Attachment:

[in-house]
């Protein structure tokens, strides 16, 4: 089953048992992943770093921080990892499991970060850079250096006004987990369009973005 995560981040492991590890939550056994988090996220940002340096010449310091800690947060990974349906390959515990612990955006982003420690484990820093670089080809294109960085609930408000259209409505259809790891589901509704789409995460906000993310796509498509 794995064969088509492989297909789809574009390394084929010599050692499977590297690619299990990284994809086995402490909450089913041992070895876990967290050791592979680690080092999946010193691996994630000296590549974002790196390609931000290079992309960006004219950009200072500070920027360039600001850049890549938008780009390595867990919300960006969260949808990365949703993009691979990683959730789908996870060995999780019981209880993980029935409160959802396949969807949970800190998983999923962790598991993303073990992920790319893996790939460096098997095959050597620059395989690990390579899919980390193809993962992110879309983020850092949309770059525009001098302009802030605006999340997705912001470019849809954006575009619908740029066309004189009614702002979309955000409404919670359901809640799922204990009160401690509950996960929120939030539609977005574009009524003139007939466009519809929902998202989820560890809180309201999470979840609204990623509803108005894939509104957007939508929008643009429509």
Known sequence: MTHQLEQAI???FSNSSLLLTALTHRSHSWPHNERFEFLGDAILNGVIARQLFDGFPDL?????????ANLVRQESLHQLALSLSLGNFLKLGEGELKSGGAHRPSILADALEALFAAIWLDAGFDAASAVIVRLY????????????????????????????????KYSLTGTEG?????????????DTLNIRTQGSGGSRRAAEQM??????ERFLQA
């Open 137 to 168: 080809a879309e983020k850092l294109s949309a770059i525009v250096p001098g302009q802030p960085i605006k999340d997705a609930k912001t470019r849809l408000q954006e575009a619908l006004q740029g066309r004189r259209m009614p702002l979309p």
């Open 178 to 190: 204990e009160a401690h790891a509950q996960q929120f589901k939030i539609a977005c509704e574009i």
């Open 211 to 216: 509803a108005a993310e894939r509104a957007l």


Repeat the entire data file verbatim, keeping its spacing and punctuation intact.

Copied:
[in-house]
């Protein structure tokens, strides 16, 4: 089953048992992943770093921080990892499991970060850079250096006004987990369009973005 995560981040492991590890939550056994988090996220940002340096010449310091800690947060990974349906390959515990612990955006982003420690484990820093670089080809294109960085609930408000259209409505259809790891589901509704789409995460906000993310796509498509 794995064969088509492989297909789809574009390394084929010599050692499977590297690619299990990284994809086995402490909450089913041992070895876990967290050791592979680690080092999946010193691996994630000296590549974002790196390609931000290079992309960006004219950009200072500070920027360039600001850049890549938008780009390595867990919300960006969260949808990365949703993009691979990683959730789908996870060995999780019981209880993980029935409160959802396949969807949970800190998983999923962790598991993303073990992920790319893996790939460096098997095959050597620059395989690990390579899919980390193809993962992110879309983020850092949309770059525009001098302009802030605006999340997705912001470019849809954006575009619908740029066309004189009614702002979309955000409404919670359901809640799922204990009160401690509950996960929120939030539609977005574009009524003139007939466009519809929902998202989820560890809180309201999470979840609204990623509803108005894939509104957007939508929008643009429509």
Known sequence: MTHQLEQAI???FSNSSLLLTALTHRSHSWPHNERFEFLGDAILNGVIARQLFDGFPDL?????????ANLVRQESLHQLALSLSLGNFLKLGEGELKSGGAHRPSILADALEALFAAIWLDAGFDAASAVIVRLY????????????????????????????????KYSLTGTEG?????????????DTLNIRTQGSGGSRRAAEQM??????ERFLQA
């Open 137 to 168: 080809a879309e983020k850092l294109s949309a770059i525009v250096p001098g302009q802030p960085i605006k999340d997705a609930k912001t470019r849809l408000q954006e575009a619908l006004q740029g066309r004189r259209m009614p702002l979309p």
């Open 178 to 190: 204990e009160a401690h790891a509950q996960q929120f589901k939030i539609a977005c509704e574009i």
């Open 211 to 216: 509803a108005a993310e894939r509104a957007l």